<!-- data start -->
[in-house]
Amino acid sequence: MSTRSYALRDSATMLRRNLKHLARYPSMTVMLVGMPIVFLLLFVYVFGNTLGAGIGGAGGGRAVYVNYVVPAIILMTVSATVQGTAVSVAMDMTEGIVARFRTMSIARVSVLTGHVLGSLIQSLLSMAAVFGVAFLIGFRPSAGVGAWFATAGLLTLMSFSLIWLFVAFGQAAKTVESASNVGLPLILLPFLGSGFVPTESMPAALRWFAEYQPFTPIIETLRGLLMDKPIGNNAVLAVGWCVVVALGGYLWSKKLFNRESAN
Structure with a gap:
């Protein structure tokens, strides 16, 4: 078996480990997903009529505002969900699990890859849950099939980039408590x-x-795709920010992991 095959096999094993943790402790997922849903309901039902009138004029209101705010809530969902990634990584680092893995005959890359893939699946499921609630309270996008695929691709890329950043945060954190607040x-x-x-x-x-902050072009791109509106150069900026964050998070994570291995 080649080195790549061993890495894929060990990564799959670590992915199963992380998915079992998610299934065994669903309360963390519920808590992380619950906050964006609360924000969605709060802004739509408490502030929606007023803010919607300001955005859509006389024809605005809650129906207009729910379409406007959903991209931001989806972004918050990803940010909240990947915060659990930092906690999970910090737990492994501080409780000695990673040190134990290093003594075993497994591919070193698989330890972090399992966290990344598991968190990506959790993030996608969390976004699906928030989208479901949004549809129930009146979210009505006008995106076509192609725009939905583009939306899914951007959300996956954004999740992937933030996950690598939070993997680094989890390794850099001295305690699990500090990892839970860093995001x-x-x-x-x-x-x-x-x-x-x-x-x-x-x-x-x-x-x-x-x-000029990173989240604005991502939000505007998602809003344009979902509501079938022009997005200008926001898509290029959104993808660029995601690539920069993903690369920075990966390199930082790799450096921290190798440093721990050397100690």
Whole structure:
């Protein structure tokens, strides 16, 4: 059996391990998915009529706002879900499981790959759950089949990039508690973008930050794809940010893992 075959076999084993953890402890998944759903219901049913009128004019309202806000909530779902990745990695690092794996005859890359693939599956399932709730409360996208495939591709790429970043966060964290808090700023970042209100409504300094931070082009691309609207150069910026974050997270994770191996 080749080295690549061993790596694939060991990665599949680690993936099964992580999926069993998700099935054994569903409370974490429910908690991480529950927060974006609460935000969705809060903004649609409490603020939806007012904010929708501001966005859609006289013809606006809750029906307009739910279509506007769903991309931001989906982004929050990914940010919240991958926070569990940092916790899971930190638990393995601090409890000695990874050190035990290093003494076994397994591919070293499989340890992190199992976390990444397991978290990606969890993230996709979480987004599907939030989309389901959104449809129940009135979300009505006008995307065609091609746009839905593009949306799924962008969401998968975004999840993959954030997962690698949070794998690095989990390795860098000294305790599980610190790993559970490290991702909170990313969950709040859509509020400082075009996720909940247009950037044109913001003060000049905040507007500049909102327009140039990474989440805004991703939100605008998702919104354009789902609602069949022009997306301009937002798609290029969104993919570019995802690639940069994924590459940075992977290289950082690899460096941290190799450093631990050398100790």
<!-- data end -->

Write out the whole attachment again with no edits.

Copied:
[in-house]
Amino acid sequence: MSTRSYALRDSATMLRRNLKHLARYPSMTVMLVGMPIVFLLLFVYVFGNTLGAGIGGAGGGRAVYVNYVVPAIILMTVSATVQGTAVSVAMDMTEGIVARFRTMSIARVSVLTGHVLGSLIQSLLSMAAVFGVAFLIGFRPSAGVGAWFATAGLLTLMSFSLIWLFVAFGQAAKTVESASNVGLPLILLPFLGSGFVPTESMPAALRWFAEYQPFTPIIETLRGLLMDKPIGNNAVLAVGWCVVVALGGYLWSKKLFNRESAN
Structure with a gap:
């Protein structure tokens, strides 16, 4: 078996480990997903009529505002969900699990890859849950099939980039408590x-x-795709920010992991 095959096999094993943790402790997922849903309901039902009138004029209101705010809530969902990634990584680092893995005959890359893939699946499921609630309270996008695929691709890329950043945060954190607040x-x-x-x-x-902050072009791109509106150069900026964050998070994570291995 080649080195790549061993890495894929060990990564799959670590992915199963992380998915079992998610299934065994669903309360963390519920808590992380619950906050964006609360924000969605709060802004739509408490502030929606007023803010919607300001955005859509006389024809605005809650129906207009729910379409406007959903991209931001989806972004918050990803940010909240990947915060659990930092906690999970910090737990492994501080409780000695990673040190134990290093003594075993497994591919070193698989330890972090399992966290990344598991968190990506959790993030996608969390976004699906928030989208479901949004549809129930009146979210009505006008995106076509192609725009939905583009939306899914951007959300996956954004999740992937933030996950690598939070993997680094989890390794850099001295305690699990500090990892839970860093995001x-x-x-x-x-x-x-x-x-x-x-x-x-x-x-x-x-x-x-x-x-000029990173989240604005991502939000505007998602809003344009979902509501079938022009997005200008926001898509290029959104993808660029995601690539920069993903690369920075990966390199930082790799450096921290190798440093721990050397100690």
Whole structure:
């Protein structure tokens, strides 16, 4: 059996391990998915009529706002879900499981790959759950089949990039508690973008930050794809940010893992 075959076999084993953890402890998944759903219901049913009128004019309202806000909530779902990745990695690092794996005859890359693939599956399932709730409360996208495939591709790429970043966060964290808090700023970042209100409504300094931070082009691309609207150069910026974050997270994770191996 080749080295690549061993790596694939060991990665599949680690993936099964992580999926069993998700099935054994569903409370974490429910908690991480529950927060974006609460935000969705809060903004649609409490603020939806007012904010929708501001966005859609006289013809606006809750029906307009739910279509506007769903991309931001989906982004929050990914940010919240991958926070569990940092916790899971930190638990393995601090409890000695990874050190035990290093003494076994397994591919070293499989340890992190199992976390990444397991978290990606969890993230996709979480987004599907939030989309389901959104449809129940009135979300009505006008995307065609091609746009839905593009949306799924962008969401998968975004999840993959954030997962690698949070794998690095989990390795860098000294305790599980610190790993559970490290991702909170990313969950709040859509509020400082075009996720909940247009950037044109913001003060000049905040507007500049909102327009140039990474989440805004991703939100605008998702919104354009789902609602069949022009997306301009937002798609290029969104993919570019995802690639940069994924590459940075992977290289950082690899460096941290190799450093631990050398100790």